Someone also suggested that A Cup of Rage has echoes of James Joyce's Ulysses, but Nassar claims to have little time for the literary canon. “It's worse to kneel down before a work of art than to deface it,” he once commented: “It's obscene to raise some so-called great individuals so high that the common man is reduced to the size of an insect.” Nassar's scepticism about idols came, he says, when, as a 19-year-old, he read the work of the philosopher Francis Bacon; reverence for idols, said Bacon, can hinder the progress of knowledge. But it's also probable that Nassar's small-town rural upbringing and his left-wing student days in the late 1950s and early 1960s also increased his distaste for elites and hierarchies.

His desire for work that was physical, agrarian and less solitary was there all along. In 1965 he set himself up as a rabbit farmer only to close the operation down just a couple of years later in order to set up a newspaper with his siblings. He was editor for almost a decade, positioning the paper as a thorn in the side of the dictatorship. It was during this time he started to write fiction, too, and when he left the newspaper in 1974 he dedicated himself to it entirely. But then, in the 1980s, he just stopped – seemingly for good. Why, remains a mystery. In the 1996 interview he suggests that he was fed up with writers' narcissistic need for applause. He decided to redirect his energies into full-time farming. Whatever his reasons, when Nassar dedicated himself to his new venture he went all in, buying 640 hectares of beautiful, lush land, including eight lakes and 80 hectares of virgin forest, three hours' drive from the clamour of São Paulo. He kept the forest and developed the rest into a thriving farm with four silos and fields of wheat, maize, beans, soy and oats. Ten people worked on the farm. “Today, my life is all doing,” he said. “Although it has this in common with literature: I don't know why I'm doing it. So I keep on doing, doing, doing.” (Which makes you wonder if – or, hope that – the “doing” of literature may have continued all along, away from the prying eyes of hungry publishers?)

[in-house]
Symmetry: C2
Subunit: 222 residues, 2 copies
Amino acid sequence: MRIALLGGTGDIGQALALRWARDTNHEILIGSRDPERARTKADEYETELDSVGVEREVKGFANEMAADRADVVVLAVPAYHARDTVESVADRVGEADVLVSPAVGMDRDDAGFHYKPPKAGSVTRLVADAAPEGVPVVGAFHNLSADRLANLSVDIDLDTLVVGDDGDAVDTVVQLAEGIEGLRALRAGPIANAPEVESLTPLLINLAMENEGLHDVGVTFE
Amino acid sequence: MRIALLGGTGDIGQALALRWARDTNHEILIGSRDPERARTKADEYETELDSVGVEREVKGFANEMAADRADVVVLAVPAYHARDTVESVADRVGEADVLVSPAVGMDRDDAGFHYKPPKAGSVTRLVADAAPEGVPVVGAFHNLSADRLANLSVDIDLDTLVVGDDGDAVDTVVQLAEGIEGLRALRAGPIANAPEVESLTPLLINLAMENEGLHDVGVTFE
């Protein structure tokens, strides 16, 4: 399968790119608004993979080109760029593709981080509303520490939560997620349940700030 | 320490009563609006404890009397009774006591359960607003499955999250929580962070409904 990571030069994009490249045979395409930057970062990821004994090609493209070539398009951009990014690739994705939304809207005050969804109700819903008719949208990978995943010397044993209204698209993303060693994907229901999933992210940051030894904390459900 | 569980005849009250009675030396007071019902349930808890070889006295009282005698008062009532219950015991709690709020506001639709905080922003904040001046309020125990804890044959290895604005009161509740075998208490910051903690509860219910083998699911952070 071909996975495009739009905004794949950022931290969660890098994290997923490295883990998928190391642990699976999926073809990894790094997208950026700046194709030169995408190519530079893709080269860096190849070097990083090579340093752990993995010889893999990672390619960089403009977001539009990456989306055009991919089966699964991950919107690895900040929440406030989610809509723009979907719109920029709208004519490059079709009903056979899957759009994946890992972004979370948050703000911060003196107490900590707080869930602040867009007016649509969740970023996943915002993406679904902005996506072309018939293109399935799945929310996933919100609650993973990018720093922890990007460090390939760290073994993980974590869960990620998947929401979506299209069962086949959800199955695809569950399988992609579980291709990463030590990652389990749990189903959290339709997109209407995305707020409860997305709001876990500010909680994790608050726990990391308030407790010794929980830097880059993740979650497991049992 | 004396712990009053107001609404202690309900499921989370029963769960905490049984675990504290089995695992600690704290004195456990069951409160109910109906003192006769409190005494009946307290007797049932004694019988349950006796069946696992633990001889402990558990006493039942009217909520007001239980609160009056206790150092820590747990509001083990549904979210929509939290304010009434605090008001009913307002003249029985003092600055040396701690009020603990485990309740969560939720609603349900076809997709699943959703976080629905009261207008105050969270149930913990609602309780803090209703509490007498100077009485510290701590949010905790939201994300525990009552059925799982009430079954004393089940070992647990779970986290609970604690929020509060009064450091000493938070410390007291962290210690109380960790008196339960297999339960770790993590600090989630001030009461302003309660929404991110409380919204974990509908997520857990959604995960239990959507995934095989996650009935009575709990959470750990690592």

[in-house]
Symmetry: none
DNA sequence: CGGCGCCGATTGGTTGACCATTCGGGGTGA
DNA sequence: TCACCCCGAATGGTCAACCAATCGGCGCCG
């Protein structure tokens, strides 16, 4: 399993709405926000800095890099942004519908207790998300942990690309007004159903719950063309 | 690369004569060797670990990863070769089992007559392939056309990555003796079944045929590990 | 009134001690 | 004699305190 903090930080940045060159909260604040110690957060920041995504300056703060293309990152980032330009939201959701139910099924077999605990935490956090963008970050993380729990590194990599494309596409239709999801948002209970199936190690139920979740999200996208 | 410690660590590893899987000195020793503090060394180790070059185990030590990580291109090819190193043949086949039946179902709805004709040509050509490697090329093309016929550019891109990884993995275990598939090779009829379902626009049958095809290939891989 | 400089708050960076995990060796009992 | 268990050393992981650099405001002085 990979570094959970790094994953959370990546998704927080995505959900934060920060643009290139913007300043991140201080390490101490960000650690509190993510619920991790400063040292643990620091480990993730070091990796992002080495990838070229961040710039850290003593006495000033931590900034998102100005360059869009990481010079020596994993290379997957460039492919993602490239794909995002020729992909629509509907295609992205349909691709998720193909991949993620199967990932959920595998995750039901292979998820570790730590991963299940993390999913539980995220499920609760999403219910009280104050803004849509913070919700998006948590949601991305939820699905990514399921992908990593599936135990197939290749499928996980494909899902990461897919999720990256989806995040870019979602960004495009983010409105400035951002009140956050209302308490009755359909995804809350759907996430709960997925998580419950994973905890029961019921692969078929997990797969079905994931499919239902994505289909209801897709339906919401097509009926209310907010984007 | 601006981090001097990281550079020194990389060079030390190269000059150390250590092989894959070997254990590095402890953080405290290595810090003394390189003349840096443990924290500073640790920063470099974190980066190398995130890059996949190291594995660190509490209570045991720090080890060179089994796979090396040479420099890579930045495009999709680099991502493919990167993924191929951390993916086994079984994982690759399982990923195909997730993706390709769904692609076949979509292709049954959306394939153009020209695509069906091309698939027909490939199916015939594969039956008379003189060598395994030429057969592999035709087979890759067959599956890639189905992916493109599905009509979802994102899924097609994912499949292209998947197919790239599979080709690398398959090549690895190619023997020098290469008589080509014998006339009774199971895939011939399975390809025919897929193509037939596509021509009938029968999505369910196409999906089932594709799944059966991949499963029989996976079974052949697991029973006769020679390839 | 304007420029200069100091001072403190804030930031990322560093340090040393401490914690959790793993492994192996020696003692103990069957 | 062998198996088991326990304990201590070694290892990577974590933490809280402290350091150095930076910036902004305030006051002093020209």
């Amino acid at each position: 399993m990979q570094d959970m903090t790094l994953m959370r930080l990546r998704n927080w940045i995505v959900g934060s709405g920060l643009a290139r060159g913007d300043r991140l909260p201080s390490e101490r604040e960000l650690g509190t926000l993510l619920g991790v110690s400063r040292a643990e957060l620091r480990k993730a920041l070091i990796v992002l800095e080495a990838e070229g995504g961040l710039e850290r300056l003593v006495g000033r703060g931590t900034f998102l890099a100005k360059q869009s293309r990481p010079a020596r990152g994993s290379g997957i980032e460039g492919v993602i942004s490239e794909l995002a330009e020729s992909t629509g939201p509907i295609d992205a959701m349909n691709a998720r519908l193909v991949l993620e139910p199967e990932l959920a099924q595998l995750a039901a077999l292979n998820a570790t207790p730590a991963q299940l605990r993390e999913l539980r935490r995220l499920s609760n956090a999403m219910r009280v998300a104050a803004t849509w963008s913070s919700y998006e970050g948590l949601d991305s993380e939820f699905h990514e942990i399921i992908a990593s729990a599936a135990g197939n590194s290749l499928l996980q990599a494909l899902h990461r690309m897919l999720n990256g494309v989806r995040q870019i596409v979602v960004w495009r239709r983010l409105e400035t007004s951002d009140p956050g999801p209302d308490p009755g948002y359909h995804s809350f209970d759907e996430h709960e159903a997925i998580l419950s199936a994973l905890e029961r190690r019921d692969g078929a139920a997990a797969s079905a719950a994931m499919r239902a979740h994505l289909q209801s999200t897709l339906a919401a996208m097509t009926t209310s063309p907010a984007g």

Now, in another surprise twist to the tale, Nassar has donated his farm to a university, allowing it to set up a campus for agricultural studies on the land. He continues to live in the country much of the time, although he also has a small flat in São Paulo. 

He is not a recluse like JD Salinger or Thomas Pynchon. He has nothing against visitors. When in São Paulo, he sometimes welcomes individual visitors, including wandering translators like me. He is happy to talk. He smokes as he talks. His eyes gleam mischievously and his smile is disarming, often broad, at times breaking into laughter. He makes it clear that he hasn't kept up with all the new writing and would prefer to talk about things other than literature. But when our conversation turns to his books, he stresses that for him the most important thing about them was the pleasure he had in their writing, rather than in their critical success. And yet, though he would never say so, it's clear that he takes pride in his work, as he should – but, apparently, without feeling the slightest need to write one sentence more.

Two new translations of the work of Raduan Nassar, by Stefan Tobler and Karen Sherwood Sotelino, are available now in Penguin Modern Classics